US Defense Study Finds Low Risk of Coronavirus Exposure on A
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The risk of exposure to the coronavirus on flights is very low, a U.S. Department of Defense study released on 15th October found, a positive sign for the airline industry as it tries to rebound from the pandemic's crushing effect on travel.

Using fluorescent aerosol tracers between 1-3 µm and real time optical sensors, coupled with DNA-tagged tracers to measure aerosol deposition, the researchers completed the largest aircraft aerosol experimental validation testing to date, with 8 days of testing involving both inflight and ground tests on Boeing 777-200 and 767-300 airframes.

Tracer aerosols were released from a simulated infected passenger, in multiple rows and seats, to determine their risk of exposure and penetration into breathing zones of nearby seats. Penetration into the breathing zones of passengers seated in the same row and in numerous rows in front and back of the source were measured.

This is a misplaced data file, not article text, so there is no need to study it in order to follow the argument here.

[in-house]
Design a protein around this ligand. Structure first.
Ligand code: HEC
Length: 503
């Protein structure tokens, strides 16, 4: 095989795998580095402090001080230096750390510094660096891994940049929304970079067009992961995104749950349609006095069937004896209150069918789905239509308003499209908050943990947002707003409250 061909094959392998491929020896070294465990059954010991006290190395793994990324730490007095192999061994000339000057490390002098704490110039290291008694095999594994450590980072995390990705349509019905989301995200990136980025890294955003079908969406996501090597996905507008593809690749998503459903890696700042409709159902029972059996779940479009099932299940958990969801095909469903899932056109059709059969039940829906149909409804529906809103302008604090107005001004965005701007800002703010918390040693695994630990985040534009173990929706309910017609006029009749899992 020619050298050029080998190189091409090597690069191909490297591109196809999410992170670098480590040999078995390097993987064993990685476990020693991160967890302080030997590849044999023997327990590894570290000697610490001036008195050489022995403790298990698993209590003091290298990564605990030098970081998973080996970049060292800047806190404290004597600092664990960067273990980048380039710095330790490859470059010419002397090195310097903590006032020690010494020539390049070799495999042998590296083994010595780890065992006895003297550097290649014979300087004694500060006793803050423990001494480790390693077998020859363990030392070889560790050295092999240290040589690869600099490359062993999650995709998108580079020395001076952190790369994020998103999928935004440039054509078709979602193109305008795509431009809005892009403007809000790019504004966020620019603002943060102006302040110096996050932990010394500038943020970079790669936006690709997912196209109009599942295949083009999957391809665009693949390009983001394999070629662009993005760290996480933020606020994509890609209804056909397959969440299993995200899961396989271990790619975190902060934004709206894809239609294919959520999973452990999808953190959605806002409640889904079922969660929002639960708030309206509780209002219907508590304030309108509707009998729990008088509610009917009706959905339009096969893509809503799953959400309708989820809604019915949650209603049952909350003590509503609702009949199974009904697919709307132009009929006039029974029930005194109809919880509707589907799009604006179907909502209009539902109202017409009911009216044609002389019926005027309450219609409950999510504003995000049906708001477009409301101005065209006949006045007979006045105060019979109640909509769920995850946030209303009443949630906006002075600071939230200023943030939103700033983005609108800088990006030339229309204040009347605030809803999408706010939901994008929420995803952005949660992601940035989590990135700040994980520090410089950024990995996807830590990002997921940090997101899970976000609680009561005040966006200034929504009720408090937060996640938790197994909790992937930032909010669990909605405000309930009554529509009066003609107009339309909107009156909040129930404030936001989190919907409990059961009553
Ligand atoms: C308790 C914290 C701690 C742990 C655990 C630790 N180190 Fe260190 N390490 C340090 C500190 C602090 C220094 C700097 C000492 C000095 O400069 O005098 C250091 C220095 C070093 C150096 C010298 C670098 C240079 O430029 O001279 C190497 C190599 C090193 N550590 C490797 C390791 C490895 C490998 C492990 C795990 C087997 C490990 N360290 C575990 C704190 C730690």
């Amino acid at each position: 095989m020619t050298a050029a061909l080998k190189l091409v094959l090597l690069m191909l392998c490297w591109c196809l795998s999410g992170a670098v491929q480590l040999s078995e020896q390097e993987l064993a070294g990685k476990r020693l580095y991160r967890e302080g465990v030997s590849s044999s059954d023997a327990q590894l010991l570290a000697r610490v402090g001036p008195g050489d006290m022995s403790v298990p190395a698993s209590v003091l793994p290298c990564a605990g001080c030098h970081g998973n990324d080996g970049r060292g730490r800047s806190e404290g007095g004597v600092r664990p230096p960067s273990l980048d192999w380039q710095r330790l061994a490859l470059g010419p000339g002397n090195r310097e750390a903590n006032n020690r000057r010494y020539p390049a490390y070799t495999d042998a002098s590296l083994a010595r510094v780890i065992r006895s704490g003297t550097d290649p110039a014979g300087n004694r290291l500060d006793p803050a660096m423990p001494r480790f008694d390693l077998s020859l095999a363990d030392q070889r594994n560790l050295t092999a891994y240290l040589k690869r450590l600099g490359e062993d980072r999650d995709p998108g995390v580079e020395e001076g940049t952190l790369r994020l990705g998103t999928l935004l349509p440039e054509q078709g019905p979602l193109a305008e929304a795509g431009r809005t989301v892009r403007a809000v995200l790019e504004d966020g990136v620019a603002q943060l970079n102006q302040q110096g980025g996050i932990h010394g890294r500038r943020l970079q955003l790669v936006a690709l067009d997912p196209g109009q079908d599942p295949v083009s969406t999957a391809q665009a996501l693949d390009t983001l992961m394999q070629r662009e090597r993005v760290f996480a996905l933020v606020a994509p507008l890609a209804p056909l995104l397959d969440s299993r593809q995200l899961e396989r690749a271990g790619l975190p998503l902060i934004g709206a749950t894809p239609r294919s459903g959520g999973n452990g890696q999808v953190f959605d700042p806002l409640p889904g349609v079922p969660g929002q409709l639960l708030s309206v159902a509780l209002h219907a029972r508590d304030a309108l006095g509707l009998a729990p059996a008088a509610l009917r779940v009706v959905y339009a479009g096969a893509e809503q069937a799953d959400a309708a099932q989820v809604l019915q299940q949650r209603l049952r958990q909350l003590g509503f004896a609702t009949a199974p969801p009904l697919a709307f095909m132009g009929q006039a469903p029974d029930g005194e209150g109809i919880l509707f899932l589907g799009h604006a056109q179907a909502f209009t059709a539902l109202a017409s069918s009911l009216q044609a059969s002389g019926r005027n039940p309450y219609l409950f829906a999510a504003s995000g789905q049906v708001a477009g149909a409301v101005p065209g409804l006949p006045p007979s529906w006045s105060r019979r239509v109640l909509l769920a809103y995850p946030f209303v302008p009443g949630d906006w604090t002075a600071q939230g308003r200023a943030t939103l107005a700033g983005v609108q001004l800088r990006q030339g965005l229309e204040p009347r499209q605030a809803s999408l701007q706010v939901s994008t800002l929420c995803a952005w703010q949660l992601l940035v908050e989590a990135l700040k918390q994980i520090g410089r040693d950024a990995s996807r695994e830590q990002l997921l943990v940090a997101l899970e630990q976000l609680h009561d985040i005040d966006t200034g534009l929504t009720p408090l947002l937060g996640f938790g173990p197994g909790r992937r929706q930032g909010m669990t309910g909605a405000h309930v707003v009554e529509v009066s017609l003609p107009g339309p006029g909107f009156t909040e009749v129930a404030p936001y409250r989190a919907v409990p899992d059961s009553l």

Over 300 aerosol release tests were performed repeatedly releasing 180,000,000 fluorescent tracer particles from the aerosol source, with 40+ Instantaneous Biological Analyzer and Collector (IBAC) sensors placed in passenger breathing zones for real-time measurement of simulated virus particle penetration. In total, more than 11,500 breathing zone seat measurements were taken with releases in 46 seats of the airframes.

The study, showed that masks helped minimize exposure to infection when someone coughed, even in neighboring seats. About 99.99% of particles were filtered out of the cabin within six minutes due to fast air circulation, downward air ventilation and the filtration systems on the aircraft.

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